2012年11月28日 星期三

Low-Rent Horror Wastes Time

The story is ... well, you tell me. Oh yeah, you didn't see it. Don't worry. I actually watched the darn thing and still can't tell exactly what it was about. There was a group of friends, a psychic, a horror house, a ghost hunter, some sort of demon and Cory Feldman smoking what I'm pretty sure was an electric cigarette. That's about as helpful as I can be. Sorry.

Speaking of Feldman, he seems to be one of the big selling points of this feature,High quality stone mosaic tiles. out this week on DVD, but he's in the movie for maybe 10 minutes. And I'm not saying anyone expects Feldman to make "Goodfellas," but even he should make better crap than this.

The rest of the cast is a bunch of unknowns who I don't think will be making names for themselves anytime soon. They're not terrible, but who could actually make this incomprehensible script work anyway? Why did this thing earn a green light?

I'll tell you why: Parts of "Hell" are shot on location at a real Halloween attraction in Pennsylvania called the Hotel of Horror, and the movie is an obvious selling pitch for the attraction. It's a pretty lame excuse to make a pretty lame movie.

The saddest part is, however, that the gimmick could've worked. The last third of the movie takes place in the Hotel of Horror and has people running around not knowing what's real and what's not. It provided laughs and actual scares.

And hence, the film's biggest mistake: "Hell" ends with Feldman's character ready to enter the hotel, and I kept wondering why this wasn't the opening to the film. With Feldman in the lead and the whole movie taking place inside the real attraction, we could've been up for some real scares and some tongue in cheek moments.

Although Google is known for being a search engine, it makes most of its money from selling advertising across all of its products.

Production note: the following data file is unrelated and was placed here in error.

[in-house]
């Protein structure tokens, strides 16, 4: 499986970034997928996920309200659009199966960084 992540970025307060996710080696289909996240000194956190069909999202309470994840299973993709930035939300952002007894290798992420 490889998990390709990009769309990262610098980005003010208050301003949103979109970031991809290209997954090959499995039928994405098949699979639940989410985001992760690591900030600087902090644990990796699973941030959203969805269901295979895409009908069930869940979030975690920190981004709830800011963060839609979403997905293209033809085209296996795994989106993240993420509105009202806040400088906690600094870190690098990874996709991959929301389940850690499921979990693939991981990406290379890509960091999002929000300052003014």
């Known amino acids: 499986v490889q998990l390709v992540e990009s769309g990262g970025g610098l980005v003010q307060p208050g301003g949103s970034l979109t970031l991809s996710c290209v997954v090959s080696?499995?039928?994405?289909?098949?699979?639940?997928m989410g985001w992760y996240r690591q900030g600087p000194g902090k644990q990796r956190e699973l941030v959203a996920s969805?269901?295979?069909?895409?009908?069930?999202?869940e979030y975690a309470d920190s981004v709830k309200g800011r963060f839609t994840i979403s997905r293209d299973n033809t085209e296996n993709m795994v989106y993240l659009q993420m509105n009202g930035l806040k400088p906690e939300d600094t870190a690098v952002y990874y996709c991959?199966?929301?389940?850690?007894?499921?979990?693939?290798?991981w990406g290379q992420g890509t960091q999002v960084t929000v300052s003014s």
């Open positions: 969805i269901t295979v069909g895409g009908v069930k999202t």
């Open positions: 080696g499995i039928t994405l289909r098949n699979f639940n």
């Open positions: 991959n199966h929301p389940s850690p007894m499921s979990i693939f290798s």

In October it said that it had made $2.High quality stone mosaic tiles.18billion (1.36billion) in profits in the third quarter of the year.

But that was a drop of 20 per cent from the year before, so the ability to target adverts as precisely as possible at users is increasingly important.

Marketers know that recommendations from a real person, ideally a friend, is much more valuable than an advertisement or a recommendation from someone you don't know.

But anonymity and the right to use nicknames, or 'handles', is important to web users.

You can add a married name to your Google+ profile, or if you have a nickname that you are well known by and have a 'significant' online following, you can use that.

But you have to prove to Google that you are that person by providing scanned documents or links to your online persona.

Mobile data specialist Christian Payne said: 'This is just another data extraction technique. Google+, like Facebook, isn't free. You pay for it with your identity. And they sell it on.'

Payne was one of the early victims of Google's insistence that users of the social network use their real names.

Widely known on the web as Documentally, Payne was thrown off Google+ last year. He said at the time: 'It's not that I don't want to put my real name in. It's just that more people know me as Documentally than Christian Payne.'

The search giant relented and Payne returned to the network, where his profile is Christian 'Documentally' Payne.

"It's incredibly expensive to transport a person to or from the continent, and in the middle of winter, it's physically impossible to get people off of the South Pole," Dr. Scott Parazynski, director and chief medical officer of UTMB's Center for Polar Medical Operations, said in a statement. "So if you can remotely diagnose and treat the patient, and then supervise his or her care, you're much better off."

UTMB provides remote medical support to three U.S. research outposts in Antarctica, where temperatures reach 76 degrees below zero.

They include McMurdo Station, which houses more than 1,200 people. A hospital at that location employs physicians, nurses and staff aids.A specialized manufacturer and supplier of dry cabinet, UTMB also runs telemedicine sessions at Amundsen-Scott South Pole (ASP) station, Palmer Station and two Antarctic research vessels.

The remote consultations aid the work of on-site medical professionals, which are called "doctors on ice." Connecting to doctors that specialize in certain medical conditions is essential to ensuring the best health outcomes for patients in remote and harsh environments, Emerson suggested.